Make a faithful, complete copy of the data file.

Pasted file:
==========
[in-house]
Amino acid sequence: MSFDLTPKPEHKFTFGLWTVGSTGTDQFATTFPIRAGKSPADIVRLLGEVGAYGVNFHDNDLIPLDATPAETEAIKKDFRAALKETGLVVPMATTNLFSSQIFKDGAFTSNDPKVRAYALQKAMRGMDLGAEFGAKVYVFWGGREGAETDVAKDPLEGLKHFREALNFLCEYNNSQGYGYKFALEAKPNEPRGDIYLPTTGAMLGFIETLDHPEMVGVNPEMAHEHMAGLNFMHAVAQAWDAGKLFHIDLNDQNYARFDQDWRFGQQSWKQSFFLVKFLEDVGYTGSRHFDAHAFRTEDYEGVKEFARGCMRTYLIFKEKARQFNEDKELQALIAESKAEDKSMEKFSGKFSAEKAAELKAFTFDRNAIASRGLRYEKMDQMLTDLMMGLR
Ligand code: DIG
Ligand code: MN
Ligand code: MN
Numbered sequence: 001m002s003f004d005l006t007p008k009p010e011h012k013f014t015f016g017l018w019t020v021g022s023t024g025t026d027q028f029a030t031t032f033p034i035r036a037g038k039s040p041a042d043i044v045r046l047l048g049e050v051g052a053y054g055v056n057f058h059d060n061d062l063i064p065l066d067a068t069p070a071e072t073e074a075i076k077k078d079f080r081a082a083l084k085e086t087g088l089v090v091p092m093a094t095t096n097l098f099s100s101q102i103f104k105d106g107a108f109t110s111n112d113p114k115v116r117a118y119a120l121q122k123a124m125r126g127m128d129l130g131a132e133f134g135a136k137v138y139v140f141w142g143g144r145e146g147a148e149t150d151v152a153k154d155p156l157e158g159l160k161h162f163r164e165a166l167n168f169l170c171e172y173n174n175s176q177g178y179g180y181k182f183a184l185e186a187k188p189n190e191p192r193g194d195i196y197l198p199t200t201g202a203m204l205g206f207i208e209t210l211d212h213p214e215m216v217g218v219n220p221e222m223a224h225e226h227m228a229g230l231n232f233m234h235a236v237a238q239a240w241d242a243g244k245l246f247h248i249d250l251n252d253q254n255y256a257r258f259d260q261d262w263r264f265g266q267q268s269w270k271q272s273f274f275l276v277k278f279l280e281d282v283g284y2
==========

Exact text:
[in-house]
Amino acid sequence: MSFDLTPKPEHKFTFGLWTVGSTGTDQFATTFPIRAGKSPADIVRLLGEVGAYGVNFHDNDLIPLDATPAETEAIKKDFRAALKETGLVVPMATTNLFSSQIFKDGAFTSNDPKVRAYALQKAMRGMDLGAEFGAKVYVFWGGREGAETDVAKDPLEGLKHFREALNFLCEYNNSQGYGYKFALEAKPNEPRGDIYLPTTGAMLGFIETLDHPEMVGVNPEMAHEHMAGLNFMHAVAQAWDAGKLFHIDLNDQNYARFDQDWRFGQQSWKQSFFLVKFLEDVGYTGSRHFDAHAFRTEDYEGVKEFARGCMRTYLIFKEKARQFNEDKELQALIAESKAEDKSMEKFSGKFSAEKAAELKAFTFDRNAIASRGLRYEKMDQMLTDLMMGLR
Ligand code: DIG
Ligand code: MN
Ligand code: MN
Numbered sequence: 001m002s003f004d005l006t007p008k009p010e011h012k013f014t015f016g017l018w019t020v021g022s023t024g025t026d027q028f029a030t031t032f033p034i035r036a037g038k039s040p041a042d043i044v045r046l047l048g049e050v051g052a053y054g055v056n057f058h059d060n061d062l063i064p065l066d067a068t069p070a071e072t073e074a075i076k077k078d079f080r081a082a083l084k085e086t087g088l089v090v091p092m093a094t095t096n097l098f099s100s101q102i103f104k105d106g107a108f109t110s111n112d113p114k115v116r117a118y119a120l121q122k123a124m125r126g127m128d129l130g131a132e133f134g135a136k137v138y139v140f141w142g143g144r145e146g147a148e149t150d151v152a153k154d155p156l157e158g159l160k161h162f163r164e165a166l167n168f169l170c171e172y173n174n175s176q177g178y179g180y181k182f183a184l185e186a187k188p189n190e191p192r193g194d195i196y197l198p199t200t201g202a203m204l205g206f207i208e209t210l211d212h213p214e215m216v217g218v219n220p221e222m223a224h225e226h227m228a229g230l231n232f233m234h235a236v237a238q239a240w241d242a243g244k245l246f247h248i249d250l251n252d253q254n255y256a257r258f259d260q261d262w263r264f265g266q267q268s269w270k271q272s273f274f275l276v277k278f279l280e281d282v283g284y2